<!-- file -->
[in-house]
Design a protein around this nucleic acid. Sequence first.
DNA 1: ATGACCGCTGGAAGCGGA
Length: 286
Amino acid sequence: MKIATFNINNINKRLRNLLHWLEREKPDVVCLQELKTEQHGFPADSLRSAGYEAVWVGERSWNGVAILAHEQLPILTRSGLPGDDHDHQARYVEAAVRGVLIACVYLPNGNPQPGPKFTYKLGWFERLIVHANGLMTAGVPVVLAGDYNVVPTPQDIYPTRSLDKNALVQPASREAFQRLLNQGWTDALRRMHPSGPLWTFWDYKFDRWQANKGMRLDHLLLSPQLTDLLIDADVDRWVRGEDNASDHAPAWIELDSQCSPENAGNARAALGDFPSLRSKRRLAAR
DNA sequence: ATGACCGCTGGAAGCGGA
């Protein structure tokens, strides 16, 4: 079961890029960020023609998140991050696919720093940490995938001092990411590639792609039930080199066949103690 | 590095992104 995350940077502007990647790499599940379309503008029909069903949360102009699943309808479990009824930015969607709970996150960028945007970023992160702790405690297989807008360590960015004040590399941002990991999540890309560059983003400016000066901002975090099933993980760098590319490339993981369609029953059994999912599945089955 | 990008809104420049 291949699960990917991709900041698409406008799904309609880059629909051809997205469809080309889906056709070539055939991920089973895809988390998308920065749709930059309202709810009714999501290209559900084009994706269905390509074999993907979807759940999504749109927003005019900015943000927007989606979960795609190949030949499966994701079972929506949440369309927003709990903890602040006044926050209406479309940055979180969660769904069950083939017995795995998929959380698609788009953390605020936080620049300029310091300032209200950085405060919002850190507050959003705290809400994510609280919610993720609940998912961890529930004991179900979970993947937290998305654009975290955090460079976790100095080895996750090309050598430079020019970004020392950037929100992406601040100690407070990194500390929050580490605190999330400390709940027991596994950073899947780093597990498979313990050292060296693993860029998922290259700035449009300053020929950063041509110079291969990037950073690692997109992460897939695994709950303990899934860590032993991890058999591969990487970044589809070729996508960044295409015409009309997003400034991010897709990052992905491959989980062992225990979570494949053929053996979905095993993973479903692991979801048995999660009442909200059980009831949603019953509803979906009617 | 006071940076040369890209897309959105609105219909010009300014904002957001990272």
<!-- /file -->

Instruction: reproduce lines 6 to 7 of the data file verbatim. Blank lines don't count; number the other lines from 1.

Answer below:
DNA sequence: ATGACCGCTGGAAGCGGA
């Protein structure tokens, strides 16, 4: 079961890029960020023609998140991050696919720093940490995938001092990411590639792609039930080199066949103690 | 590095992104 995350940077502007990647790499599940379309503008029909069903949360102009699943309808479990009824930015969607709970996150960028945007970023992160702790405690297989807008360590960015004040590399941002990991999540890309560059983003400016000066901002975090099933993980760098590319490339993981369609029953059994999912599945089955 | 990008809104420049 291949699960990917991709900041698409406008799904309609880059629909051809997205469809080309889906056709070539055939991920089973895809988390998308920065749709930059309202709810009714999501290209559900084009994706269905390509074999993907979807759940999504749109927003005019900015943000927007989606979960795609190949030949499966994701079972929506949440369309927003709990903890602040006044926050209406479309940055979180969660769904069950083939017995795995998929959380698609788009953390605020936080620049300029310091300032209200950085405060919002850190507050959003705290809400994510609280919610993720609940998912961890529930004991179900979970993947937290998305654009975290955090460079976790100095080895996750090309050598430079020019970004020392950037929100992406601040100690407070990194500390929050580490605190999330400390709940027991596994950073899947780093597990498979313990050292060296693993860029998922290259700035449009300053020929950063041509110079291969990037950073690692997109992460897939695994709950303990899934860590032993991890058999591969990487970044589809070729996508960044295409015409009309997003400034991010897709990052992905491959989980062992225990979570494949053929053996979905095993993973479903692991979801048995999660009442909200059980009831949603019953509803979906009617 | 006071940076040369890209897309959105609105219909010009300014904002957001990272």